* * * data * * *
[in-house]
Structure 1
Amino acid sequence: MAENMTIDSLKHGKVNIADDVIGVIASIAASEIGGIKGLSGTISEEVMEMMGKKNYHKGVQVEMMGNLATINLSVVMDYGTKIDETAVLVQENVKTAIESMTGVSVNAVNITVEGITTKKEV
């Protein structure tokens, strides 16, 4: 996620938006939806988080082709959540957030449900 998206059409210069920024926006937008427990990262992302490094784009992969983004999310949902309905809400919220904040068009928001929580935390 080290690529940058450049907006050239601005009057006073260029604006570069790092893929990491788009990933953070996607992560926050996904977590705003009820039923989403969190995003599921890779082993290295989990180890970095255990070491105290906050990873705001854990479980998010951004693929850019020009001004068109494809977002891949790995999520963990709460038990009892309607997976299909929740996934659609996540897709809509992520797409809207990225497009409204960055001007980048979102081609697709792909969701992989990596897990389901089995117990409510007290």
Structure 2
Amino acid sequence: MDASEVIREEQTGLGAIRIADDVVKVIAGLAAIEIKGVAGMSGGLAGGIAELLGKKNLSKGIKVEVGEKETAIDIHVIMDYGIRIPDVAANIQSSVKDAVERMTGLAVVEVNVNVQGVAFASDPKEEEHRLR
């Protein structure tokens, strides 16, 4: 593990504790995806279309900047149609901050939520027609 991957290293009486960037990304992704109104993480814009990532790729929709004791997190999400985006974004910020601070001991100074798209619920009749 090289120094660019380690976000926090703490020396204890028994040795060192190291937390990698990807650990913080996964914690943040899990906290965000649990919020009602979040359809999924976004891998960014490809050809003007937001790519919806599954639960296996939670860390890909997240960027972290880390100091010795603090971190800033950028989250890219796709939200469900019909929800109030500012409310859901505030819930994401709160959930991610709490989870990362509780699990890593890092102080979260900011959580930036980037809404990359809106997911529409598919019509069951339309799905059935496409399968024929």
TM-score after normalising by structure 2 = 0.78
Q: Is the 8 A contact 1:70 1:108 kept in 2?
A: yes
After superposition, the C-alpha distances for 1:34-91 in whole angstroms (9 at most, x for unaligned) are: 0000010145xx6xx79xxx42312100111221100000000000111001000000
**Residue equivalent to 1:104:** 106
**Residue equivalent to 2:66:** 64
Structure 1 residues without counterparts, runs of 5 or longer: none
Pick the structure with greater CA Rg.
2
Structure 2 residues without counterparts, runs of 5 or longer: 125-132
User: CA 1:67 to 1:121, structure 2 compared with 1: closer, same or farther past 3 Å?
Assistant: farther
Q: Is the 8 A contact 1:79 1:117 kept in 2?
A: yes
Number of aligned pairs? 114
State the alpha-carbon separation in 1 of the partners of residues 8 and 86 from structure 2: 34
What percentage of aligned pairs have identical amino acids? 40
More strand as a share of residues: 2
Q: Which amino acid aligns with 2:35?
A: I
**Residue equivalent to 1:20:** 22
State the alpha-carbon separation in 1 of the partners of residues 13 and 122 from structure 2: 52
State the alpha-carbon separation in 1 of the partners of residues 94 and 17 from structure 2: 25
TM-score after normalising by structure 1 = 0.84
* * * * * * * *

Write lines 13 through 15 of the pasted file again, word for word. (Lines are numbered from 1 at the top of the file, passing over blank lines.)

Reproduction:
**Residue equivalent to 2:66:** 64
Structure 1 residues without counterparts, runs of 5 or longer: none
Pick the structure with greater CA Rg.